Free All Music Gets Bridge Funding | Adweek Free All Music Gets Bridge Funding | Adweek
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Free All Music Gets Bridge Funding

Startup gives Facebook fans song downloads to watch ads

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There may be some hope yet for ad-supported music downloads.

After an extended silence on the public relations front, Free All Music—a startup that dangles gratis song downloads to get consumers to sit through commercials—announced Tuesday closing $650,000 in “bridge financing” from private investors as it revives efforts to secure a long-anticipated series A round of funding. Habib Khoury, whose resume includes a stint as an executive at TheLadders.com, the job-search site for high-dollar execs, has replaced co-founder Rick Nailling as CEO.

The company launched in 2008 with investments from Nailling and co-founder and president Brian McCourt, and raised $990,000 in a late 2009 seed round, according to PaidContent. It was also gearing up for a series A round, GigaOm reported at the time. Both news outlets greeted Free All Music’s model with measured skepticism, comparing it to SpiralFrog, another ad-supported download service that had failed earlier that year, despite some $34 million in investments.

But Free All Music’s series A investment didn't materialize until now. That’s because the company was focused on shifting from a Web portal to Facebook, says Khoury, building out an app that trades users free downloads from Universal and EMI’s catalogs for social interactions with brand pages.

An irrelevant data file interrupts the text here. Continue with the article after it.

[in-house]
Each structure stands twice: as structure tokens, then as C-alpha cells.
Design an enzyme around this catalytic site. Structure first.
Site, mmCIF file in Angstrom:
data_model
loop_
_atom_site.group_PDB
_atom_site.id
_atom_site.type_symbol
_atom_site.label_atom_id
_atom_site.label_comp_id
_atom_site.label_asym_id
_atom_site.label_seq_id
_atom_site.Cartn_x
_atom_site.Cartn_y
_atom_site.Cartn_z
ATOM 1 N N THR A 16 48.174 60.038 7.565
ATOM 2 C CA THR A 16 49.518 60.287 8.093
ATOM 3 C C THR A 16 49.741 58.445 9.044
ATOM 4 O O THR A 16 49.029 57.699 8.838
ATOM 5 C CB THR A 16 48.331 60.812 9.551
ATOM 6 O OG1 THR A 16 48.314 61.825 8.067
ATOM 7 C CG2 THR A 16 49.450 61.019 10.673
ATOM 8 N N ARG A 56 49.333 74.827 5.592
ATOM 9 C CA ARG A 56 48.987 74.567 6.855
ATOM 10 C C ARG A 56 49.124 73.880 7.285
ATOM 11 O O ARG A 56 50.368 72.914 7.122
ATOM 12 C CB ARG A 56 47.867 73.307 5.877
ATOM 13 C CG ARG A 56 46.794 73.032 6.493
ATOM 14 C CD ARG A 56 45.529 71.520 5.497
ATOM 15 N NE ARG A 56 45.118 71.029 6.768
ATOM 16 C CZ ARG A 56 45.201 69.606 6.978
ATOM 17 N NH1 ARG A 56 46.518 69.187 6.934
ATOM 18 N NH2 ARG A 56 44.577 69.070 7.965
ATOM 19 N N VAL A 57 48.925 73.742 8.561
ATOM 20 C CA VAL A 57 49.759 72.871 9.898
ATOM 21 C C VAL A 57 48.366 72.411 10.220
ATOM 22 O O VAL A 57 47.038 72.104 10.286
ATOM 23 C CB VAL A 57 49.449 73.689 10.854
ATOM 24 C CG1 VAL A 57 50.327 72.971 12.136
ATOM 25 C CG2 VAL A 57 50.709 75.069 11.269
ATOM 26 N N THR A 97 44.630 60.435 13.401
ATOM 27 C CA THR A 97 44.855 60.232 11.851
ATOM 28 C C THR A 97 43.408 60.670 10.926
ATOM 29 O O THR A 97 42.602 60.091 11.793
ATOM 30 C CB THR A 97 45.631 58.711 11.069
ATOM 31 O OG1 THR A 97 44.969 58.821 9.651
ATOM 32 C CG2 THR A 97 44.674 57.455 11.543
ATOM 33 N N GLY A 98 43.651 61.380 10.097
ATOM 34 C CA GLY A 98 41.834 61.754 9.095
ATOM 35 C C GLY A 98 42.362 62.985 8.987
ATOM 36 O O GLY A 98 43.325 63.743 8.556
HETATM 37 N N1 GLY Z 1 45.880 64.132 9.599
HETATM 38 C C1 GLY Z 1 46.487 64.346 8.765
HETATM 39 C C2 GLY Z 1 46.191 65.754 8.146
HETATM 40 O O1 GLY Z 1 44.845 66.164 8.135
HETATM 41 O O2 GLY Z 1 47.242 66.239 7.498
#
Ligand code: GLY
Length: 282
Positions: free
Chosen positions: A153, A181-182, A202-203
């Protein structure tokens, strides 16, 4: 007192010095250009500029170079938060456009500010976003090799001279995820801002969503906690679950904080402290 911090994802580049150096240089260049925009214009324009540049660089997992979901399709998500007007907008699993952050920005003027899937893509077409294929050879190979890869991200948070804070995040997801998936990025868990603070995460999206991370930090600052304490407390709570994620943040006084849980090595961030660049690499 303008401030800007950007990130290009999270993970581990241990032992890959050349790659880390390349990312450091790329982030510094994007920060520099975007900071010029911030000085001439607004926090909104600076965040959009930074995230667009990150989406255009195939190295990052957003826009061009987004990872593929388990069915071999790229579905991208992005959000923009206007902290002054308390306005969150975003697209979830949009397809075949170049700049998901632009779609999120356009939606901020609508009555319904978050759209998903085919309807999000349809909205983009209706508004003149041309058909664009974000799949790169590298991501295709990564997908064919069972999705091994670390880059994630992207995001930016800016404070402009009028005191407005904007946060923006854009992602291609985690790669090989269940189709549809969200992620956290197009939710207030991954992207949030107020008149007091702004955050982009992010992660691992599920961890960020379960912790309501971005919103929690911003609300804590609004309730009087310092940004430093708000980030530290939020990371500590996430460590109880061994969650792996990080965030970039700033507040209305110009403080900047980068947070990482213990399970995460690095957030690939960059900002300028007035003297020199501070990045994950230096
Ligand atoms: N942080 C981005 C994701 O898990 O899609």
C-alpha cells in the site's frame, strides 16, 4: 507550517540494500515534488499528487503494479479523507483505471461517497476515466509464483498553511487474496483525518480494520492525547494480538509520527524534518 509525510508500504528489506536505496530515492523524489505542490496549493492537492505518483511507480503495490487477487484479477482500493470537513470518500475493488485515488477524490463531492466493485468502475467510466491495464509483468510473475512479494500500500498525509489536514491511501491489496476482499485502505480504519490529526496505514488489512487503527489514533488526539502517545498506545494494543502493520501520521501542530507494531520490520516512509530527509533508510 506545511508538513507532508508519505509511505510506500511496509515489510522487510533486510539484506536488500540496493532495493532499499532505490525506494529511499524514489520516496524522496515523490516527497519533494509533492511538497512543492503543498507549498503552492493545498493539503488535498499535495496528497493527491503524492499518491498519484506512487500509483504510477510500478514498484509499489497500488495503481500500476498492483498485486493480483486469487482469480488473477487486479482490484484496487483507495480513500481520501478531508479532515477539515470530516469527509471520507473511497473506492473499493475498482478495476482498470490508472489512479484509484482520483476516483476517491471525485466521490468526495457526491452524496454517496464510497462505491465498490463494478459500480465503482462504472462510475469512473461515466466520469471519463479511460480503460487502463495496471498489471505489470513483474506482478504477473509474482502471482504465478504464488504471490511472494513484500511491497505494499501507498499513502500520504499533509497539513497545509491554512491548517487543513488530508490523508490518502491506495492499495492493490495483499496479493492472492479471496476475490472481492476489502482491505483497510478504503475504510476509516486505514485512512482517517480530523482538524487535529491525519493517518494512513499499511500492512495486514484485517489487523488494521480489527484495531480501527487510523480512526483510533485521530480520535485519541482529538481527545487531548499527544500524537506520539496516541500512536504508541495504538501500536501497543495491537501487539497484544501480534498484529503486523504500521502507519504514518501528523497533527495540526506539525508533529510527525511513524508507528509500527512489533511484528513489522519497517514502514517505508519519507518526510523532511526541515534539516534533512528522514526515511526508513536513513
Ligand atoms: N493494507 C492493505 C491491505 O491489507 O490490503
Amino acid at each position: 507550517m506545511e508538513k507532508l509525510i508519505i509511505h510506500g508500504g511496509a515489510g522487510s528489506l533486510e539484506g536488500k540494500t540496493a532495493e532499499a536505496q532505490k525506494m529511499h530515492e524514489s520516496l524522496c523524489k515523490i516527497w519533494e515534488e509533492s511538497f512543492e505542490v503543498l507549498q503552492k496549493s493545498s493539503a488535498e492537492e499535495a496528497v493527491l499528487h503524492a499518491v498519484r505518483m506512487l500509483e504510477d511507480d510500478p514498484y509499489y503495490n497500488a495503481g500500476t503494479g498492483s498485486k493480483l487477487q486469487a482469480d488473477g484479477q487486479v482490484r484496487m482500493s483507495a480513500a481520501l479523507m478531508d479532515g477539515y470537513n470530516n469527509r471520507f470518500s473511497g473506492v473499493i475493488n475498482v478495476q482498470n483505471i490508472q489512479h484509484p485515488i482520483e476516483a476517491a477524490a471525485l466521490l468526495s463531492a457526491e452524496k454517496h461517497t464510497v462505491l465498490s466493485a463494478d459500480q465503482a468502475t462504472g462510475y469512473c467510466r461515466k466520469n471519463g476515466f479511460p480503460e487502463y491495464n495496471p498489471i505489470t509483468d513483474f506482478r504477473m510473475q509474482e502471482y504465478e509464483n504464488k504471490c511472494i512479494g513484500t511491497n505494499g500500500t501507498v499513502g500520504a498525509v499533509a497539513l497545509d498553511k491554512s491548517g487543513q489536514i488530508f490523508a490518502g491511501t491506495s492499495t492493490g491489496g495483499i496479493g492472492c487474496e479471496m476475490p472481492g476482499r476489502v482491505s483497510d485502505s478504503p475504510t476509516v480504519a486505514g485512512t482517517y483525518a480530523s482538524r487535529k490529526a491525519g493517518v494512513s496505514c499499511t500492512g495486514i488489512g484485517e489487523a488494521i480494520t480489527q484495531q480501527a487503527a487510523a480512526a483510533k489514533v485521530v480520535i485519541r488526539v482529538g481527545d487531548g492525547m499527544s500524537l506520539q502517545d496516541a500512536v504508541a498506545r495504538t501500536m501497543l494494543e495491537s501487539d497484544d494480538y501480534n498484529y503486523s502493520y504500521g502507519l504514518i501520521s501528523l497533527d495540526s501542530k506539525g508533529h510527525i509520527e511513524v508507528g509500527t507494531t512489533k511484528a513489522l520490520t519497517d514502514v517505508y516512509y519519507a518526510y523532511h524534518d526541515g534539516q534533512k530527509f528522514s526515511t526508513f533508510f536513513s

The startup is also quietly running campaigns with the likes of American Express and Budweiser to test the business model. In exchange for watching a beer ad, for example, users can own a tune of their choosing from artists including Kanye West, Katy Perry, and Coldplay. McCourt also emphasizes the app as a tool for marketers looking to keep users engaged beyond basic “likes”—and avoid falling out of the news feeds of fans who haven’t interacted with a brand’s page recently. That’s also an opportunity for advertising creatives, McCourt says, who might want to serialize content for viewing during consecutive weeks.

The small company (fewer than 15 employees) still faces questions of scale, though. When it comes to ad-supported music services, much-hyped streaming-based, rather than download-based, services like Spotify are attracting more attention—and money—from advertisers. And as AllThingsD’s Peter Kafka points out, the limited volume of Free All Music’s model—one song giveaways—puts it at a disadvantage.

Still, McCourt and Khoury are counting on the popularity of the download market (e.g., iTunes) as an indicator that they can get fans to spring for free tunes and advertisers to spring for fans. “We have our own money tied into this business,” said McCourt. “We feel like we’ve got what the marketplace demands: performance. The timing is definitely right for us now.”

If not, this may just be a swan song.